“Movember” raises awareness for men’s health on campus
Growing mustaches in November is fun, but it also benefits a mission for men’s health. The “Movember” movement took place on campus this year for the second time.
Movember is a global movement aimed at raising funds and awareness for men’s health by encouraging participants to grow unique mustaches. The participants promote their mustaches through social media to raise money and awareness for men’s health. The Movember foundation also hosts various events throughout the year to raise awareness and funds for the cause. It was brought to the UO campus by Eric Garcia last year.
Nikita Ramakrishnan, a senior at UO and the Movember coordinator on campus, worked with the counseling center’s Outreach Coordinator Suzie Stadelman to create an inclusive event on campus for all genders to support men’s health.
At UO, there are several events throughout the month of November aimed at raising awareness and making a lasting impact on students, according to Ramakrishnan.
“The college age is hugely about identity development,” Ramakrishnan said. “I think that it’s a pivotal time when we are developing relationships intimately, with friends and family, creating our identity and growing.”
Movember was created during 2003 in Australia by two friends as a way to bring the mustache trend back into fashion and has since expanded into a global charity raising money and awareness for men’s health, according to the Movember website. They have focused their efforts to combat testicular cancer, prostate cancer and suicide through fundraising and awareness events across the globe. By 2030, they plan to reduce the number of men dying prematurely by 25 percent, the website states.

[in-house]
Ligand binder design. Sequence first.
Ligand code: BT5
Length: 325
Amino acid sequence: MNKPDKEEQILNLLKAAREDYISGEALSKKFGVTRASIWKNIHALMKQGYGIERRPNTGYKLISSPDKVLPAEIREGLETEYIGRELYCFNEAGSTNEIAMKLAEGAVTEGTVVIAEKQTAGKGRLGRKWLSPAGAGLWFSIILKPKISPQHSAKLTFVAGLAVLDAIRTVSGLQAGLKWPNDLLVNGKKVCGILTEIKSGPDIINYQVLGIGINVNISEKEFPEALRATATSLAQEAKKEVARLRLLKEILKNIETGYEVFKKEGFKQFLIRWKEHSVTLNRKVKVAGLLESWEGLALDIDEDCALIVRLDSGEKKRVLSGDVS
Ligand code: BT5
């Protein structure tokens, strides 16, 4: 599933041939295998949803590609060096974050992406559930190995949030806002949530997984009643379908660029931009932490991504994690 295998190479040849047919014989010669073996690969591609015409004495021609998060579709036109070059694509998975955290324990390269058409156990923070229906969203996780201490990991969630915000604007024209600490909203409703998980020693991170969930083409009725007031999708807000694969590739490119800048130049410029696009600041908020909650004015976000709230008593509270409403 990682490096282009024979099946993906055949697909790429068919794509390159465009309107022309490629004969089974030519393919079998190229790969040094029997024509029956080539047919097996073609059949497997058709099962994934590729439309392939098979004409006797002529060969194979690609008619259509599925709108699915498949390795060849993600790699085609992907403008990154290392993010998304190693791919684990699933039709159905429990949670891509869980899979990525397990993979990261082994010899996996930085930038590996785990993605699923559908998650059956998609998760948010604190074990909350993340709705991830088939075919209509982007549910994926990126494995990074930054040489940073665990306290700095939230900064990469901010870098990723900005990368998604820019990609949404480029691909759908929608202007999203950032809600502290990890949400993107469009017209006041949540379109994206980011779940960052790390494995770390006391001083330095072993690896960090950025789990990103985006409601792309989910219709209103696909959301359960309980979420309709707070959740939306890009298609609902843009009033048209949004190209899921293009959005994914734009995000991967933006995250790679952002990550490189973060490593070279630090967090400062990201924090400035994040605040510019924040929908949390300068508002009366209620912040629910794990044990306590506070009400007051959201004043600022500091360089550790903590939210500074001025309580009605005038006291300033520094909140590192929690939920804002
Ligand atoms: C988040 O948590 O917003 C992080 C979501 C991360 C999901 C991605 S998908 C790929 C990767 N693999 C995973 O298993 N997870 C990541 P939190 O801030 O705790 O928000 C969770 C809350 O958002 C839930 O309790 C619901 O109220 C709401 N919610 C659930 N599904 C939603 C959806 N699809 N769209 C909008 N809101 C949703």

Ramakrishnan said that Movember on UO’s campus is similar.
“We’ve just added additional focuses for men’s mental health and men’s identity development. Movember encapsulates men’s different identities outside of what’s standard or normative in society,” Ramakrishnan said.
The movement encourages people of all genders to participate in raising awareness for men’s health.
“It’s important for everyone to know this information because we all have men in our lives,” Stadelman said.
At UO, the main focus is raising awareness, rather than funds because, according to Stadelman, there are certain rules about faculty and staff asking students for money.
“If funds are raised on the side then that’s great, but the main goal is to start conversations and destigmatize seeking help,” Stadelman said.
Ramakrishnan’s major is women and gender studies. Coordinating Movember serves as her required internship credit for the major. She started planning the event in July by contacting the various departments within the university to hold events and participate in Movember.
Each department created its own events based on what its target audience would want to go to, Ramakrishnan said. For example, the UO rec center is hosting a yoga class for men’s health on Nov. 12, and the Duck Nest is hosting a Depression and Seasonal Affective Disorder workshop on Nov. 16. A complete list of the events can be found on the UO event calendar online.
On Nov. 9, Common Grounds hosted a Movember event called Speak Easy, an open mic night in support of men’s health.
Collin Hannatty, a freshman who attended the event said, as a man, “being hurt or injured makes you seem weak.” He said it’s important to talk about this issue at the college level “because we’re still in that age of trying to find out who we are.”
One of the ways they are engaging students to participate in Movember is through a photo contest.
According to Ramakrishnan, there is an ongoing photo contest throughout the month of November open to all students. After submitting a photo and brief description of what healthy masculinity is to the student through the UO Calendar page, they are entered into a raffle to win ten dollar gift cards to EMU vendors. One person will win a Fitbit as well, Ramakrishnan said.
“It’s a really important message to send to men, that if you’re struggling, it’s okay to reach out for help,” Stadelman said.
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